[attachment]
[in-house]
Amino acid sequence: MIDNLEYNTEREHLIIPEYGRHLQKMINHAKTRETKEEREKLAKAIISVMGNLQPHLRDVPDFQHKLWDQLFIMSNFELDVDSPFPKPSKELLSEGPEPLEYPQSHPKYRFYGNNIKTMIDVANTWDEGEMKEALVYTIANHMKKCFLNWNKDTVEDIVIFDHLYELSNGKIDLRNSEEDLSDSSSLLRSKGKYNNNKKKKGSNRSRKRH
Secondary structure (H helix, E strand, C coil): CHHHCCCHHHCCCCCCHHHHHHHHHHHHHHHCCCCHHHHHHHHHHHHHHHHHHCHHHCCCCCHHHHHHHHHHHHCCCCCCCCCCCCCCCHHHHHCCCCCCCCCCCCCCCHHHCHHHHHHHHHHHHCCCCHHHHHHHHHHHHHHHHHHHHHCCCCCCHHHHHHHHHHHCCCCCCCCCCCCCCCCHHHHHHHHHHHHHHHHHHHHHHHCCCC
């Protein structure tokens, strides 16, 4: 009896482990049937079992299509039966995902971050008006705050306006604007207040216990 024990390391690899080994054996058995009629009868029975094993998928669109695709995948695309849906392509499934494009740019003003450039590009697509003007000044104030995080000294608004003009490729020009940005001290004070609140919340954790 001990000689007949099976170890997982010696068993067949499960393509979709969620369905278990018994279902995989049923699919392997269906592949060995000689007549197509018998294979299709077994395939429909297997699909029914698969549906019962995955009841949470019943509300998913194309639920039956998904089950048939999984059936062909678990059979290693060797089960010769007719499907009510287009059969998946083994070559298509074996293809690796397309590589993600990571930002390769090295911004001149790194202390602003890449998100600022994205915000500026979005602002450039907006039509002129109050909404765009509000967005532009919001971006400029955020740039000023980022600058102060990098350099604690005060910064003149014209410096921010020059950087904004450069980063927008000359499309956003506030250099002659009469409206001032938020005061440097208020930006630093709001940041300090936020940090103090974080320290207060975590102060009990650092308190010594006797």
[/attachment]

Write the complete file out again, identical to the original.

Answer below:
[in-house]
Amino acid sequence: MIDNLEYNTEREHLIIPEYGRHLQKMINHAKTRETKEEREKLAKAIISVMGNLQPHLRDVPDFQHKLWDQLFIMSNFELDVDSPFPKPSKELLSEGPEPLEYPQSHPKYRFYGNNIKTMIDVANTWDEGEMKEALVYTIANHMKKCFLNWNKDTVEDIVIFDHLYELSNGKIDLRNSEEDLSDSSSLLRSKGKYNNNKKKKGSNRSRKRH
Secondary structure (H helix, E strand, C coil): CHHHCCCHHHCCCCCCHHHHHHHHHHHHHHHCCCCHHHHHHHHHHHHHHHHHHCHHHCCCCCHHHHHHHHHHHHCCCCCCCCCCCCCCCHHHHHCCCCCCCCCCCCCCCHHHCHHHHHHHHHHHHCCCCHHHHHHHHHHHHHHHHHHHHHCCCCCCHHHHHHHHHHHCCCCCCCCCCCCCCCCHHHHHHHHHHHHHHHHHHHHHHHCCCC
């Protein structure tokens, strides 16, 4: 009896482990049937079992299509039966995902971050008006705050306006604007207040216990 024990390391690899080994054996058995009629009868029975094993998928669109695709995948695309849906392509499934494009740019003003450039590009697509003007000044104030995080000294608004003009490729020009940005001290004070609140919340954790 001990000689007949099976170890997982010696068993067949499960393509979709969620369905278990018994279902995989049923699919392997269906592949060995000689007549197509018998294979299709077994395939429909297997699909029914698969549906019962995955009841949470019943509300998913194309639920039956998904089950048939999984059936062909678990059979290693060797089960010769007719499907009510287009059969998946083994070559298509074996293809690796397309590589993600990571930002390769090295911004001149790194202390602003890449998100600022994205915000500026979005602002450039907006039509002129109050909404765009509000967005532009919001971006400029955020740039000023980022600058102060990098350099604690005060910064003149014209410096921010020059950087904004450069980063927008000359499309956003506030250099002659009469409206001032938020005061440097208020930006630093709001940041300090936020940090103090974080320290207060975590102060009990650092308190010594006797």